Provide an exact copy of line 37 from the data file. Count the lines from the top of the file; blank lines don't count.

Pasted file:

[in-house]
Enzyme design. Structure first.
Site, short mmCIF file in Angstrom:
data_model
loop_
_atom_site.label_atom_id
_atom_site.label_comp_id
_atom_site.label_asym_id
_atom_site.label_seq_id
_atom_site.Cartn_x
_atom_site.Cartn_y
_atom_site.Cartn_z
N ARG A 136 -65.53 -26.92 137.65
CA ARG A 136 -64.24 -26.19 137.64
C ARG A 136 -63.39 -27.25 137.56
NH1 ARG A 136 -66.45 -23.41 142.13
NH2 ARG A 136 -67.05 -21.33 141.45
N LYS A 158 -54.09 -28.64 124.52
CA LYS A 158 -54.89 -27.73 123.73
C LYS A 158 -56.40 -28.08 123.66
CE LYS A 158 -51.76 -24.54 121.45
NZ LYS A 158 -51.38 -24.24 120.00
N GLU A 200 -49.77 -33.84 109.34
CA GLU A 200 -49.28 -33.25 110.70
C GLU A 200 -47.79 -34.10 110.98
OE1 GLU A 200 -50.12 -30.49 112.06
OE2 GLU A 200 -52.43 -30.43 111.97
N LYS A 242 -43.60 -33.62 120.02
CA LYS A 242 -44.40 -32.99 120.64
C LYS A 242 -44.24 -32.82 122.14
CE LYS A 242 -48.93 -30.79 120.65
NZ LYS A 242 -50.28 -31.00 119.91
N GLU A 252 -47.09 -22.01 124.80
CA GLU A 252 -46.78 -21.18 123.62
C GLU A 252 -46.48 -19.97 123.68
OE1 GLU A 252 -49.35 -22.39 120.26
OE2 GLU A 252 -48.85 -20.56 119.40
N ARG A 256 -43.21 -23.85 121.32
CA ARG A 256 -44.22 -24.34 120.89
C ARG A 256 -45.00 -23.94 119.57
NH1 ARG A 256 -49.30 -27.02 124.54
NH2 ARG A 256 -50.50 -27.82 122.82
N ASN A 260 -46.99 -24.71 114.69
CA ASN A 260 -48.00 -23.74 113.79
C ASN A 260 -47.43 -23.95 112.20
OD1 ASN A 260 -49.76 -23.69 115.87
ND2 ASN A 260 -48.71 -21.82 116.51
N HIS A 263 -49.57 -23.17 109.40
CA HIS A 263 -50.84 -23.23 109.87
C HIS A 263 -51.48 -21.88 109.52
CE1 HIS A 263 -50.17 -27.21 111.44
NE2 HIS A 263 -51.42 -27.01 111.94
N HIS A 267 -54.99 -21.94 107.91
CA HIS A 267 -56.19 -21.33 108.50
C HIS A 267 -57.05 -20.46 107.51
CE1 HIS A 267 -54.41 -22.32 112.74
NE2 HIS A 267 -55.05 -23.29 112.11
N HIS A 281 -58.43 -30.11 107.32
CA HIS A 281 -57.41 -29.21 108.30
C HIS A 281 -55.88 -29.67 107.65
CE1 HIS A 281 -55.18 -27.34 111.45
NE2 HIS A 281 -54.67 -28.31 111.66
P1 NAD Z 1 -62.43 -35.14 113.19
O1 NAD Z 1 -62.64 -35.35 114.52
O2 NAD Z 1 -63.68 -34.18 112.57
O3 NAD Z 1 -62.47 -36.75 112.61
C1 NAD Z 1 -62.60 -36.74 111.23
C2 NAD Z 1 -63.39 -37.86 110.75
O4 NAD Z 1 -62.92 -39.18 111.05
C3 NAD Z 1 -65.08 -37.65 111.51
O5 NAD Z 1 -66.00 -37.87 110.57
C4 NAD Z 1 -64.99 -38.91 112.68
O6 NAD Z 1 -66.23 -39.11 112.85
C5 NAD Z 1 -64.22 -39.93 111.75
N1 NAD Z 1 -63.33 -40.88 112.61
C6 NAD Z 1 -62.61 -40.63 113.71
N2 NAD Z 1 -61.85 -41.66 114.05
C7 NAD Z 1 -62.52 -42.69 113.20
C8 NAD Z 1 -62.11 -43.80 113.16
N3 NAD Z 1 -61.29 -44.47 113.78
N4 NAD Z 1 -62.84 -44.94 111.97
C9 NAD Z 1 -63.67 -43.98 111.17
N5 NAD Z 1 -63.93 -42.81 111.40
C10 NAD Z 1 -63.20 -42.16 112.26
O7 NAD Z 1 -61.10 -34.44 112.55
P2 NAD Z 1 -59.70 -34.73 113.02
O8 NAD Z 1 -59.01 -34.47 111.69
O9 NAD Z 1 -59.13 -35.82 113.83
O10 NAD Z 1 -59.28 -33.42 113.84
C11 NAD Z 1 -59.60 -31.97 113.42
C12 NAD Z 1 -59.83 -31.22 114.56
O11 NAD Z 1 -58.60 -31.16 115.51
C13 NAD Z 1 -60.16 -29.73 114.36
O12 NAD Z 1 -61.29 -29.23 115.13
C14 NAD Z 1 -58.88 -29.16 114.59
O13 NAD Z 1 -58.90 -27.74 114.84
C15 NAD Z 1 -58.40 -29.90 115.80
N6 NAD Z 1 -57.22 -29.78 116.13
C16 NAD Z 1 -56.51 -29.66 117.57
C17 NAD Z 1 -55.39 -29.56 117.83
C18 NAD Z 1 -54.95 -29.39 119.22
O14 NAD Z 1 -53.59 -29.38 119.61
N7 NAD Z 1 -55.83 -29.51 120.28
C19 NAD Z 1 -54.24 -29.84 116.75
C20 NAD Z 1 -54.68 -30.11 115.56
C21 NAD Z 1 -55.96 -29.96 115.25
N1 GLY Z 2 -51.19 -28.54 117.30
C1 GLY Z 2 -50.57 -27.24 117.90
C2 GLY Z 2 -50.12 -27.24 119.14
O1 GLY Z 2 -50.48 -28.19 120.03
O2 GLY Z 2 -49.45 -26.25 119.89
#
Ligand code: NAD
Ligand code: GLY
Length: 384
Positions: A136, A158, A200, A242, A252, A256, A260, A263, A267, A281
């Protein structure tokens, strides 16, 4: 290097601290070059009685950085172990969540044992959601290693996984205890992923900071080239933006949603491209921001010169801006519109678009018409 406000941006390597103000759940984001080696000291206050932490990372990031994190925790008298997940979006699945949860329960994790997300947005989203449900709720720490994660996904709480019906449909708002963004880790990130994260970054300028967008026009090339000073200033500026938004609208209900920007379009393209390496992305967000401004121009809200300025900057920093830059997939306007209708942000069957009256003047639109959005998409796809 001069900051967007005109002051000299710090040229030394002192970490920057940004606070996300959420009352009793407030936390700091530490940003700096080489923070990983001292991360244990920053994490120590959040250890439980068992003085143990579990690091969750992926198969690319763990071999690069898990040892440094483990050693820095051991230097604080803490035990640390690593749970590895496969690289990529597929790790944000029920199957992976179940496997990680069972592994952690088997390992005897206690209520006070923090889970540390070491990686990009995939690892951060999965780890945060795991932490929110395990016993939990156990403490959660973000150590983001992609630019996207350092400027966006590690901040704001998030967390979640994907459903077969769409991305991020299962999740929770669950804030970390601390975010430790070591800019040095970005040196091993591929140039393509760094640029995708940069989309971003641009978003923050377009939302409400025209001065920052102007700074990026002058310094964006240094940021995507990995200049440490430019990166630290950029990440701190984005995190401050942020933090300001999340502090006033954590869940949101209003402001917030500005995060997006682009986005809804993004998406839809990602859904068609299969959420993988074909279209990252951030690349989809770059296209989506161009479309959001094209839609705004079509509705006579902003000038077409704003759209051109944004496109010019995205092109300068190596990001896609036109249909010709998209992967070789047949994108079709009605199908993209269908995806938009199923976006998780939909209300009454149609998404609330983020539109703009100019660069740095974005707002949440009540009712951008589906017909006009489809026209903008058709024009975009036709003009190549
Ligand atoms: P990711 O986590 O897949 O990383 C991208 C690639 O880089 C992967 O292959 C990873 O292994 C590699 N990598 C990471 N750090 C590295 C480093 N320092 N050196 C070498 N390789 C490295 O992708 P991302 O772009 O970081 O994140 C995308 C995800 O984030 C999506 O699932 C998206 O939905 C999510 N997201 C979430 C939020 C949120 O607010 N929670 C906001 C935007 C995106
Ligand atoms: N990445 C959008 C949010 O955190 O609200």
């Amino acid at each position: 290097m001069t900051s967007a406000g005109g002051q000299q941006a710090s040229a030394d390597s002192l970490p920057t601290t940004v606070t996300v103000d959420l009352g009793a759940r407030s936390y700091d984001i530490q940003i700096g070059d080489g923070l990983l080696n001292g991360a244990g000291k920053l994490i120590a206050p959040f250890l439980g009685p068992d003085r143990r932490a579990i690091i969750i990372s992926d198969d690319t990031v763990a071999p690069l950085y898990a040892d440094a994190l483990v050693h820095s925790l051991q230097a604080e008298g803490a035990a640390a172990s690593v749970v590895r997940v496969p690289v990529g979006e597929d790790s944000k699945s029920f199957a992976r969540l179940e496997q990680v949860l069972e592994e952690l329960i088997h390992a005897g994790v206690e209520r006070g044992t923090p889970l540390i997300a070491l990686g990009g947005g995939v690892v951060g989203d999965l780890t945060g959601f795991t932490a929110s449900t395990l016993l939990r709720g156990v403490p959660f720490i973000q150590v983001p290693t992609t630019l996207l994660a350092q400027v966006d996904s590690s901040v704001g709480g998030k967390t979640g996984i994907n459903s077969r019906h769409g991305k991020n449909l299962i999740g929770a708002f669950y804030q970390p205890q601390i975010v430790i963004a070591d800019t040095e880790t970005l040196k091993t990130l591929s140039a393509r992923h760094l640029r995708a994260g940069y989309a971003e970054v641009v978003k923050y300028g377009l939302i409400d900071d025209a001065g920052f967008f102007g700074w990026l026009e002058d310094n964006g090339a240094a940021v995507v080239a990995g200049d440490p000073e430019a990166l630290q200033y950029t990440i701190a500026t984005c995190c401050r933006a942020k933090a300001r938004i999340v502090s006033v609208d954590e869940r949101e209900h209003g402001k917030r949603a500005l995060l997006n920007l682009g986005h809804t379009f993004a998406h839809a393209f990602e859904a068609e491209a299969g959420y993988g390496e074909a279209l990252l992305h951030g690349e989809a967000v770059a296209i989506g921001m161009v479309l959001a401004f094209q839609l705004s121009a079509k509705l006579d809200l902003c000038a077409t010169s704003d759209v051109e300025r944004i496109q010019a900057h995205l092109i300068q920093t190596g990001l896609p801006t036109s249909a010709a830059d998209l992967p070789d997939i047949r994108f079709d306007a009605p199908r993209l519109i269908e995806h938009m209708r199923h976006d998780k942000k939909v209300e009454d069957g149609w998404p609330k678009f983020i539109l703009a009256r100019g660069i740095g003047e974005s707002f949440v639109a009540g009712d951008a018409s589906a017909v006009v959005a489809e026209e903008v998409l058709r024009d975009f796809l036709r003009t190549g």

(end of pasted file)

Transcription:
OE2 GLU A 252 -48.85 -20.56 119.40